7th APRIL 2015 - Vol.XXXVIII No.018
Business News

Dubai futures market faces hurdles with new contract

SINGAPORE: One year after launching the world's most eagerly anticipated oil futures contract in a decade, the Dubai Mercantile Exchange (DME) is back with a follow-up it hopes will kick trade into a higher gear.

Unfortunately, say traders, the two new contracts - which are meant to appeal to financial traders by sidestepping the risk of making or taking physical delivery of Brent or Oman crude - may face exactly the same problem as their predecessors.

"It's a chicken and egg problem. Unless an exchange already has liquidity, nobody wants to participate," said Tokyo-based Mitsubishi Corporation risk management executive Robert Nunan.

The DME launched its Oman contract to much fanfare last year, touting it as the first Middle East futures sour crude oil contracts to have the backing of local governments - both Oman and Dubai are shareholders - and offer physical delivery.

It has already succeeded to some degree, outlasting previous failed efforts to launch sour crude contracts and posting generally rising trading volumes last year.

But volumes have come off the highs reached early this year, indicating some participants may be giving up hope that it will become a benchmark for the vast and growing exports of Middle Eastern crude to Asia.

And at the same time physical delivery continues to rise, showing how most traders on the exchange are using it as a means to buy and sell physical Oman crude, rather than to speculate on future prices or hedge their exposure, which would add more liquidity.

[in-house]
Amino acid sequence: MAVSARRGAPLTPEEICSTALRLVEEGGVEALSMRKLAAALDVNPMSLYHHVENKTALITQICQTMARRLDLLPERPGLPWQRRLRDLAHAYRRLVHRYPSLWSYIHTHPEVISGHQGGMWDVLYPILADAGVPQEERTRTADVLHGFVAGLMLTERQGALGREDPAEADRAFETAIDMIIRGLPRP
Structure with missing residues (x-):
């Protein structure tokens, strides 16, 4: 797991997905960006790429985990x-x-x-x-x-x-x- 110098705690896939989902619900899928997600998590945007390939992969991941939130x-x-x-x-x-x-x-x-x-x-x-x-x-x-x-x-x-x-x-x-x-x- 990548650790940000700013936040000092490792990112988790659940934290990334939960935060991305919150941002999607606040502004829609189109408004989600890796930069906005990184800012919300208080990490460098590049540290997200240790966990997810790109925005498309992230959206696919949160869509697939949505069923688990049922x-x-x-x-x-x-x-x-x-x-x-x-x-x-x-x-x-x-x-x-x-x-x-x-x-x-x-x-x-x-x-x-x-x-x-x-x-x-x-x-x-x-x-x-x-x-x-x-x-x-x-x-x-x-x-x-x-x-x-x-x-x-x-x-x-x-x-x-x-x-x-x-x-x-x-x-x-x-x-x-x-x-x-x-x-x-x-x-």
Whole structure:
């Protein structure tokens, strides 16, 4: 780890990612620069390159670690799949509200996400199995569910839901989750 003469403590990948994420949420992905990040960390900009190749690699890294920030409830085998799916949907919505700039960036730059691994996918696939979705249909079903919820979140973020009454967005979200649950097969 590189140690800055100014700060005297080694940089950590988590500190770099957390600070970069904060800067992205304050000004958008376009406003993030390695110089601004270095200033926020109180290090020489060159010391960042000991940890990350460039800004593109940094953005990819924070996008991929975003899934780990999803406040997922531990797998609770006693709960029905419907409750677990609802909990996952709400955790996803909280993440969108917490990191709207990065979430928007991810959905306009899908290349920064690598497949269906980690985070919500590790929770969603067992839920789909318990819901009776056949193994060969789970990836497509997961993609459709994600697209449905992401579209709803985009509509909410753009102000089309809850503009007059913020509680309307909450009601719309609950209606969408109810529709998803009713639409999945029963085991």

Last month, daily trading volumes on the DME Oman contracts averaged 1,225 lots, almost half the 2,000 on average in the beginning of the year.

The danger of being stuck with - or forced to deliver - a cargo of Oman crude in a less than liquid market has kept an entire group of financial players away, traders say.

And while the new cash-settled Brent and Oman crude contracts due to launch on June 2 will ensure no one gets caught having to deliver or take physical crude, the fact that it is cash-settled against the existing contract means it is still subject to the other problems that plague the physical contract.

"The financial contracts will be different in that they are not physical but people who will trade them will still be exposed to high volatility," said a trader with an investment bank, who trades the current contract and plans to trade the financial contract too.

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